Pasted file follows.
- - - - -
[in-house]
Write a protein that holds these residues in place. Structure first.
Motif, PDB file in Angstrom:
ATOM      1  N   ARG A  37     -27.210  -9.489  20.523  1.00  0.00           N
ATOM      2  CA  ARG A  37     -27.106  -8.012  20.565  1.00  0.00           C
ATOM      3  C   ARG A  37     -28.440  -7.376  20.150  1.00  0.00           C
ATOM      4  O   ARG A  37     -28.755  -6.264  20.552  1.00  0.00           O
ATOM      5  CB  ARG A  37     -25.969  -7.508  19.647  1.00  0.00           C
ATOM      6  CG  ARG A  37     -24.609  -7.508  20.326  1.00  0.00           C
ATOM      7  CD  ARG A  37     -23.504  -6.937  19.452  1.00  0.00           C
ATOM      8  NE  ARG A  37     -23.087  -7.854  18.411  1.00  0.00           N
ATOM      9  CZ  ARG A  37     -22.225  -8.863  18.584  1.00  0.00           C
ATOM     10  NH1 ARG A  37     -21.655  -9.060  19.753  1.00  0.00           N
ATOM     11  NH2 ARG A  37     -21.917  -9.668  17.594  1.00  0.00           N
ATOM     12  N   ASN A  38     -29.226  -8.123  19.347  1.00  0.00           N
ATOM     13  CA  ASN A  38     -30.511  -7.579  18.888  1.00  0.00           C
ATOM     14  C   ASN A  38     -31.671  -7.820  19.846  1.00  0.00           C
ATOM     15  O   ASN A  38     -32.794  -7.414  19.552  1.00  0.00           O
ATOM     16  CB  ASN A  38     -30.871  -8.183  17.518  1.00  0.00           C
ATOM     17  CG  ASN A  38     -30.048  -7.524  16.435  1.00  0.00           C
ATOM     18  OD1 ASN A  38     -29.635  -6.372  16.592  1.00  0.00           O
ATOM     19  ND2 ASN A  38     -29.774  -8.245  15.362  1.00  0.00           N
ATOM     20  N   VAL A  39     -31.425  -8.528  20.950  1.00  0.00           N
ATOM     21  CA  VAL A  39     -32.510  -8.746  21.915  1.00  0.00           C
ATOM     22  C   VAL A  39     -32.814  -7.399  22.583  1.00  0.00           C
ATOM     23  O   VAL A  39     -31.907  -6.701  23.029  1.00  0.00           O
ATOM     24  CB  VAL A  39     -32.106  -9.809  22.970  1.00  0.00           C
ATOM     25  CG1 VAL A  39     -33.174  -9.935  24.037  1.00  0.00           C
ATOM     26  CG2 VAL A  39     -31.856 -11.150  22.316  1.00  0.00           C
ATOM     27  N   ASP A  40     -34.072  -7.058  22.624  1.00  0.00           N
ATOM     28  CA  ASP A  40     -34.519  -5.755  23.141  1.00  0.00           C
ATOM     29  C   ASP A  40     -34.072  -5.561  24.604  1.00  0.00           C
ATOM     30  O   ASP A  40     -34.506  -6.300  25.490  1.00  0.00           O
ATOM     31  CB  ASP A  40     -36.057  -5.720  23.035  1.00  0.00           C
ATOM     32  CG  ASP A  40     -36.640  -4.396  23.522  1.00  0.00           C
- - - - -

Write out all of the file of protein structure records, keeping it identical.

[in-house]
Write a protein that holds these residues in place. Structure first.
Motif, PDB file in Angstrom:
ATOM      1  N   ARG A  37     -27.210  -9.489  20.523  1.00  0.00           N
ATOM      2  CA  ARG A  37     -27.106  -8.012  20.565  1.00  0.00           C
ATOM      3  C   ARG A  37     -28.440  -7.376  20.150  1.00  0.00           C
ATOM      4  O   ARG A  37     -28.755  -6.264  20.552  1.00  0.00           O
ATOM      5  CB  ARG A  37     -25.969  -7.508  19.647  1.00  0.00           C
ATOM      6  CG  ARG A  37     -24.609  -7.508  20.326  1.00  0.00           C
ATOM      7  CD  ARG A  37     -23.504  -6.937  19.452  1.00  0.00           C
ATOM      8  NE  ARG A  37     -23.087  -7.854  18.411  1.00  0.00           N
ATOM      9  CZ  ARG A  37     -22.225  -8.863  18.584  1.00  0.00           C
ATOM     10  NH1 ARG A  37     -21.655  -9.060  19.753  1.00  0.00           N
ATOM     11  NH2 ARG A  37     -21.917  -9.668  17.594  1.00  0.00           N
ATOM     12  N   ASN A  38     -29.226  -8.123  19.347  1.00  0.00           N
ATOM     13  CA  ASN A  38     -30.511  -7.579  18.888  1.00  0.00           C
ATOM     14  C   ASN A  38     -31.671  -7.820  19.846  1.00  0.00           C
ATOM     15  O   ASN A  38     -32.794  -7.414  19.552  1.00  0.00           O
ATOM     16  CB  ASN A  38     -30.871  -8.183  17.518  1.00  0.00           C
ATOM     17  CG  ASN A  38     -30.048  -7.524  16.435  1.00  0.00           C
ATOM     18  OD1 ASN A  38     -29.635  -6.372  16.592  1.00  0.00           O
ATOM     19  ND2 ASN A  38     -29.774  -8.245  15.362  1.00  0.00           N
ATOM     20  N   VAL A  39     -31.425  -8.528  20.950  1.00  0.00           N
ATOM     21  CA  VAL A  39     -32.510  -8.746  21.915  1.00  0.00           C
ATOM     22  C   VAL A  39     -32.814  -7.399  22.583  1.00  0.00           C
ATOM     23  O   VAL A  39     -31.907  -6.701  23.029  1.00  0.00           O
ATOM     24  CB  VAL A  39     -32.106  -9.809  22.970  1.00  0.00           C
ATOM     25  CG1 VAL A  39     -33.174  -9.935  24.037  1.00  0.00           C
ATOM     26  CG2 VAL A  39     -31.856 -11.150  22.316  1.00  0.00           C
ATOM     27  N   ASP A  40     -34.072  -7.058  22.624  1.00  0.00           N
ATOM     28  CA  ASP A  40     -34.519  -5.755  23.141  1.00  0.00           C
ATOM     29  C   ASP A  40     -34.072  -5.561  24.604  1.00  0.00           C
ATOM     30  O   ASP A  40     -34.506  -6.300  25.490  1.00  0.00           O
ATOM     31  CB  ASP A  40     -36.057  -5.720  23.035  1.00  0.00           C
ATOM     32  CG  ASP A  40     -36.640  -4.396  23.522  1.00  0.00           C